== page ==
Fishing is a great way to enjoy the scenery of the Smokies. It doesn’t matter if you’re an avid fisherman or just wanting to try your hand; a day in the cool waters of the Great Smoky Mountains National Park will be a memorable one. Streams range from easy to difficult, so you can find a fishing spot to meet your skill level. The park boasts almost 3,000 miles of streams, and as of recently, all streams in the park are open for fishing! The park is also home to the Smoky Mountain Trout Tournament, which is open to children and adults (locals and visitors) and features streams stocked with more than 10,000 trout. They have spring and fall tournaments, so check their website before planning your Pigeon Forge trip!
A favorite of many Smoky Mountain anglers, Abrams Creek has some of the best quality fish in the Smokies because of the stream’s chemical makeup. A lot of the water in Abrams Creek comes from Anthony Creek, which in part flows below Cades Cove. You can access Abrams Creek from the Cades Cove area or at the Abrams Creek Campground; both offer different fishing opportunities. If you’ll be accessing the creek through Cades Cove, be ready for heavy traffic and stops for bear sightings. At the Abrams Creek Campground access, the creek has a higher population of smallmouth bass than trout for most of the year.
Cosby Creek is easily accessible by a paved road that runs through Cosby, Tennessee, but it’s also a bit more remote than many of the other streams. You’ll find a good population of brook trout here, along with small to medium rainbow trout. It’s a good option if you’re wanting to have a more peaceful fishing experience but don’t necessarily care to catch the larger fish.
As you drive along Hwy 73 on the perimeter of the national park, you’ll find Dudley Stream following alongside the highway. It doesn’t offer formal access, but it does have some nice fishing opportunities. The lower sections feature rainbow trout, while the upper sections house brook trout.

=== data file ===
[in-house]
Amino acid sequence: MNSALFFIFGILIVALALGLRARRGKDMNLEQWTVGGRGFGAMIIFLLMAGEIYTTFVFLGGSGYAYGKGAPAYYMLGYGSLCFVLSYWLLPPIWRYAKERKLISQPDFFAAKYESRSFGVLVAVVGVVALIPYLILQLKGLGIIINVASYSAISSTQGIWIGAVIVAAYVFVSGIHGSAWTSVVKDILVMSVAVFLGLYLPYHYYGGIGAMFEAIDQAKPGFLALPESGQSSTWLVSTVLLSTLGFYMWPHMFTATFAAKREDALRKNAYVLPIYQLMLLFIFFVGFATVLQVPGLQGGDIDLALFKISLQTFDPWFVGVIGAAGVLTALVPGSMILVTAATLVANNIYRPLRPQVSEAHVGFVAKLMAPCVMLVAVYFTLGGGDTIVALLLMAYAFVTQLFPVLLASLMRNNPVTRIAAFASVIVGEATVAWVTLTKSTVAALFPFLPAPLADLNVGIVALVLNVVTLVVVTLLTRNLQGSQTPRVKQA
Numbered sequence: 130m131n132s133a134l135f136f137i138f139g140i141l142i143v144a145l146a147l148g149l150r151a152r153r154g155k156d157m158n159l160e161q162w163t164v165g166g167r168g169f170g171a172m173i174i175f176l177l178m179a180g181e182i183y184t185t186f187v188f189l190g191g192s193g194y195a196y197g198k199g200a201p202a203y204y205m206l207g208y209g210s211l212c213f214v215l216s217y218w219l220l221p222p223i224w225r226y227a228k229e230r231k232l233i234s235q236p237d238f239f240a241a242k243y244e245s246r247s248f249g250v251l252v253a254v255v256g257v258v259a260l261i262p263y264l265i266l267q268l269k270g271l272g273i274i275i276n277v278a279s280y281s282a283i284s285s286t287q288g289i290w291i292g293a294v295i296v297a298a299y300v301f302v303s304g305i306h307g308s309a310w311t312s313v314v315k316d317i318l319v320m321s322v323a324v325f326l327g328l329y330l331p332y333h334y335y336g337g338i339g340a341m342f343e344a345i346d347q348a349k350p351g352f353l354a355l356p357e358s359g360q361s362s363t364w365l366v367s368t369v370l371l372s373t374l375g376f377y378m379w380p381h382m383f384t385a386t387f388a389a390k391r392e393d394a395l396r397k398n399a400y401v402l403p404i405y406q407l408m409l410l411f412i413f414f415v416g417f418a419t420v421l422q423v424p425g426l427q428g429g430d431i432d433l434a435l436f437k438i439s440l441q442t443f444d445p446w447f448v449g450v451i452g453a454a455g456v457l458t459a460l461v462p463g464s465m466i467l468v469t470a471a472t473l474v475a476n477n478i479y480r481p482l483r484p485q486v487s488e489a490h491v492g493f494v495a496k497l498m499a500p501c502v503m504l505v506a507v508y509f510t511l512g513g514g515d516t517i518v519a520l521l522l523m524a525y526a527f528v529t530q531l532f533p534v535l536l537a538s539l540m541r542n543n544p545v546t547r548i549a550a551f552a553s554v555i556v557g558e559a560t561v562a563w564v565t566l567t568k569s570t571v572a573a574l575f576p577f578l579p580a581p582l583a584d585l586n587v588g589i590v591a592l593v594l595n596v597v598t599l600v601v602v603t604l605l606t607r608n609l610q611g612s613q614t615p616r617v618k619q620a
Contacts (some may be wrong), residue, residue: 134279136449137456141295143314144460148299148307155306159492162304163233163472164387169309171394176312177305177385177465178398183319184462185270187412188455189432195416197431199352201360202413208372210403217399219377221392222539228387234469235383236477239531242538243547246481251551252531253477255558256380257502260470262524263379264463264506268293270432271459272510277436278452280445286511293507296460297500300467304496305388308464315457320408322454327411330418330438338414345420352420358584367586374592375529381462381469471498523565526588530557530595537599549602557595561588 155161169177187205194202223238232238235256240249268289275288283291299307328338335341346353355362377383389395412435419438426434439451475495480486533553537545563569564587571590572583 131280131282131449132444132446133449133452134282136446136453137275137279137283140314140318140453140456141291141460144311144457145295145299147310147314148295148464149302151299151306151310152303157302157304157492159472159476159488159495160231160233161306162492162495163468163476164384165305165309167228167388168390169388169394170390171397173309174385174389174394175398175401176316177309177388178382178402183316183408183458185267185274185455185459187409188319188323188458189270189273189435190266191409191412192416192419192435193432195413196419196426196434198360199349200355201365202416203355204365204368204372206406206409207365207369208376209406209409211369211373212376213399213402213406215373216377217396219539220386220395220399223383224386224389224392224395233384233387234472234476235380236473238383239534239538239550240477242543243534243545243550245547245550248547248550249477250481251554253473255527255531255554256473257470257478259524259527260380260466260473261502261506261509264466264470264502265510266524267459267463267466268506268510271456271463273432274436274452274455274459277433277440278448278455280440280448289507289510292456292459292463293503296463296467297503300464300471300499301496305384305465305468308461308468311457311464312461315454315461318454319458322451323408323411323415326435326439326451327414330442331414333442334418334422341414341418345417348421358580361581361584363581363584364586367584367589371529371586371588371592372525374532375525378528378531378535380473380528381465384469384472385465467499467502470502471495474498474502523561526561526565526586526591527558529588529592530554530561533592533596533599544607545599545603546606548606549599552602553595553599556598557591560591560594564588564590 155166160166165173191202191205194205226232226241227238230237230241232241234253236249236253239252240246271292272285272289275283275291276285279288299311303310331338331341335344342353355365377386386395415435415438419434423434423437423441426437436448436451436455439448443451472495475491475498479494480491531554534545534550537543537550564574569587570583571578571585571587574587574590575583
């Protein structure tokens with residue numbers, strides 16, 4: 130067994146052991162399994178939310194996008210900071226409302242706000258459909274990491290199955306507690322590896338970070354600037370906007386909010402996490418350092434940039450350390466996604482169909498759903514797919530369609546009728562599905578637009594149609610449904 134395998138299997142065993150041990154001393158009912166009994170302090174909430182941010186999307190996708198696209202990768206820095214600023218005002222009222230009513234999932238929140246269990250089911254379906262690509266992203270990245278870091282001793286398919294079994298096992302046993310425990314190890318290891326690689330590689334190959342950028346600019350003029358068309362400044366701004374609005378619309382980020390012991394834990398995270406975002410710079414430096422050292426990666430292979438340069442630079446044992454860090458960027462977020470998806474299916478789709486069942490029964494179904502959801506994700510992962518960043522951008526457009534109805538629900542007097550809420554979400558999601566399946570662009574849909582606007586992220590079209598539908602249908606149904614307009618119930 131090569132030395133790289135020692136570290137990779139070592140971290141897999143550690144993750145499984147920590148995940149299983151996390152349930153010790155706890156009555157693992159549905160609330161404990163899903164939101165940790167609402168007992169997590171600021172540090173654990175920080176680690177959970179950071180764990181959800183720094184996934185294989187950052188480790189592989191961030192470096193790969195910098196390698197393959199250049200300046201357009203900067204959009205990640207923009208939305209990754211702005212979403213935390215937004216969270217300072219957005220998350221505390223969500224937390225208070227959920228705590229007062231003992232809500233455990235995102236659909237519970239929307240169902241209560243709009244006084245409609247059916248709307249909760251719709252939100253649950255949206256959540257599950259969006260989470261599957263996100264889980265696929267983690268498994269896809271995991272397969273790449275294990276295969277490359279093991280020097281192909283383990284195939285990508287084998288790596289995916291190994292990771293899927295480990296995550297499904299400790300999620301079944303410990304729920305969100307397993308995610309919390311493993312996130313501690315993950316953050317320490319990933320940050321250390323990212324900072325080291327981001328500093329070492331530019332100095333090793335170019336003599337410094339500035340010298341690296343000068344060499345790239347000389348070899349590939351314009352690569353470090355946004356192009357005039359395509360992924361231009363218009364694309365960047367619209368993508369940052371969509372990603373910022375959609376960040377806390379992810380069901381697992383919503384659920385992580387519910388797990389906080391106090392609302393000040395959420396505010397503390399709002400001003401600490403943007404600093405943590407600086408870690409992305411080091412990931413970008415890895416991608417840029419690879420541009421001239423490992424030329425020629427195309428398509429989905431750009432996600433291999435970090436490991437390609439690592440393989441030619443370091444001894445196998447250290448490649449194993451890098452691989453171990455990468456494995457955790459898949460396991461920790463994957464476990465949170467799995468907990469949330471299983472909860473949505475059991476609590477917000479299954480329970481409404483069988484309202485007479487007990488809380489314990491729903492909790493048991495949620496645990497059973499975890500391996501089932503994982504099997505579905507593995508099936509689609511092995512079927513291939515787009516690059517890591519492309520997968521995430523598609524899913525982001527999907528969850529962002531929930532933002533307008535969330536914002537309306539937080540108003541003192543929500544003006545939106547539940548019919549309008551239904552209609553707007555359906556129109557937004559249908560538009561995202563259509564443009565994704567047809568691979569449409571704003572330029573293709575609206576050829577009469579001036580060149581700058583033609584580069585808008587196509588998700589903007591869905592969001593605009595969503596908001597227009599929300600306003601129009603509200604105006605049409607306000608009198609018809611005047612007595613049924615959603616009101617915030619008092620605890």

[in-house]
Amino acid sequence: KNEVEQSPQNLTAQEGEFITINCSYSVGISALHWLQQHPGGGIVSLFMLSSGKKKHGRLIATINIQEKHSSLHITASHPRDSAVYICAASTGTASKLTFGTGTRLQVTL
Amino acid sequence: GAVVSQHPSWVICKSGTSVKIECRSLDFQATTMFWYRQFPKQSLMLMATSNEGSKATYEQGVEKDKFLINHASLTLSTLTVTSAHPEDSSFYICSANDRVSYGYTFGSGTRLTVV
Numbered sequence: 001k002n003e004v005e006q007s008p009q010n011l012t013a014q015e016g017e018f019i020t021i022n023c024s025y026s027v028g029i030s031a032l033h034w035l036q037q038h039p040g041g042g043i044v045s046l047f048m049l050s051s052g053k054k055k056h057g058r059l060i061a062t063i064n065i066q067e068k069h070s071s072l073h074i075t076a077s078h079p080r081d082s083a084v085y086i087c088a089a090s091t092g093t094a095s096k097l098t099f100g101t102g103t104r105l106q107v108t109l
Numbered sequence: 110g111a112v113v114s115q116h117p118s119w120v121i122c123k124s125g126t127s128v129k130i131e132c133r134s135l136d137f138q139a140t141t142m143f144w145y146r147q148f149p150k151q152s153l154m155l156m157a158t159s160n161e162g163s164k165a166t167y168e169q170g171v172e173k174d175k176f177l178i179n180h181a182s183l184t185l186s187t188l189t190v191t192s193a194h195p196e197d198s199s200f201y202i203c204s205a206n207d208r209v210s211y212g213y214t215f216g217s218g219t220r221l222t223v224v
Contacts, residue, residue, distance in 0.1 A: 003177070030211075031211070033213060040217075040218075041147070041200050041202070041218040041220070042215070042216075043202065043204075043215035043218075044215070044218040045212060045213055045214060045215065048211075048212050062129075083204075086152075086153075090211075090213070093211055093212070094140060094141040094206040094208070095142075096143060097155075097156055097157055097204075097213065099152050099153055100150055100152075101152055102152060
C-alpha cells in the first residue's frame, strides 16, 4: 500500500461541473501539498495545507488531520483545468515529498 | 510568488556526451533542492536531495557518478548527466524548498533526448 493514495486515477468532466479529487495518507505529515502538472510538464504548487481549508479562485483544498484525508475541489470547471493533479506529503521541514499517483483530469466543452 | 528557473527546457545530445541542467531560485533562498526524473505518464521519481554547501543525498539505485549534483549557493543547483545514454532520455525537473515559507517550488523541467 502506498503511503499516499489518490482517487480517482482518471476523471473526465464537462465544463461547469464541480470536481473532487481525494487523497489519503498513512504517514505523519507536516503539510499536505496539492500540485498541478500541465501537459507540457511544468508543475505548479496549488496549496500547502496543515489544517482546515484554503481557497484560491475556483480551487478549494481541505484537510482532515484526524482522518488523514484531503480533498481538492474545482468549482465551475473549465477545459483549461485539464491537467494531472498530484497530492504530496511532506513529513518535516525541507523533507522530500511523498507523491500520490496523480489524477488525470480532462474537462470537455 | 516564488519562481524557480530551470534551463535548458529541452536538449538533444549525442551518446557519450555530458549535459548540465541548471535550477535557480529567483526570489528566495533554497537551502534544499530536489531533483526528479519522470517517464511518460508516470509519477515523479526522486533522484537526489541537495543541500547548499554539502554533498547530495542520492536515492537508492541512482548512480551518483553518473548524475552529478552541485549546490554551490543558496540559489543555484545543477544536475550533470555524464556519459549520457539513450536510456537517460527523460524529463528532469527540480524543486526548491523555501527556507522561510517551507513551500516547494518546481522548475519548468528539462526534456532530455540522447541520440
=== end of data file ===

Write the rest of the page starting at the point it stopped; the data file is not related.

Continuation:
Little Pigeon River | East Prong
Also referred to as Little River, this section of the Little Pigeon River offers fishing in a range of difficulties – from easy to difficult – depending on which area you fish and when. Here you’ll find brown and rainbow trout in the lower and middle sections and brook trout in the upper sections and tributary streams. Because it’s easily accessible from a paved road and it’s one of the better streams in the area, it is consequently the most heavily fished stream.
Little Pigeon River | Middle Prong/Tremont
Also known as Tremont, this portion of the Little Pigeon River is a small to medium size stream for trout. It’s formed by Thunderhead Prong and Lynn Camp Prong, two small tributary streams. You can access the streams via the trailheads at the end of the road that runs alongside Middle Prong. You’ll find a nice population of brown trout and rainbow trout most of the time, along with brook trout in the upper part of the streams.
Little Pigeon River | West Prong
Considered one of the best fly fishing streams within the Great Smoky Mountains National Park, the West Prong of the Little Pigeon River can be easily accessed from several different places, including the main entrance to the national park and the Chimneys Picnic Area. West Prong is also connected to Walkers Camp Prong, Fighting Creek, Alum Cave Creek, and Road Prong.
Tennessee License & Season Information
Fishing season is open year-round in open waters in the Smokies, so you’ll have opportunities to fish no matter what time of year you visit. Fishing is allowed from a half hour before sunrise to a half hour after sunset. Residents and nonresidents 13 years old and older must have a valid fishing license; residents over 65 years old can get a special state license. Anyone under 13 in Tennessee is entitled to the adult daily bag and possession limits.
If you’re coming to Pigeon Forge for a fun fishing getaway, be sure to browse our Pigeon Forge cabins. We have something for everyone, from cozy 1-2 bedroom cabins and comfortable 3-6 bedroom properties to spacious large group cabins and budget-friendly options. Our cabins also offer a ton of different amenities, so you can find something for everyone. Here are just a few of the amenities you’ll find in our Pigeon Forge cabins…
- Outdoor hot tubs
- Big screen TVs
- High-speed wireless Internet
- Convention location to downtown
- Wooded and mountain views
- Wood-burning fireplaces
- Indoor jetted tubs
- Screened-in decks
- Grills (propane and charcoal)
- King-size beds
- Pool tables, foosball tables, and air hockey tables
- Private indoor pools
- Private home theaters
- HD movie channels
- Rocking chairs and porch swings
- DVD and Blu-ray players
- Washers and dryers
More Advice & Tips:
The kids have started their next school ...
Let’s start with a quiz: How often do yo...
When you think summer, you probably thin...
Whether you are making your way to the G...
There is a new show coming to Pigeon For...
Fall brings lots of wonderful things to ...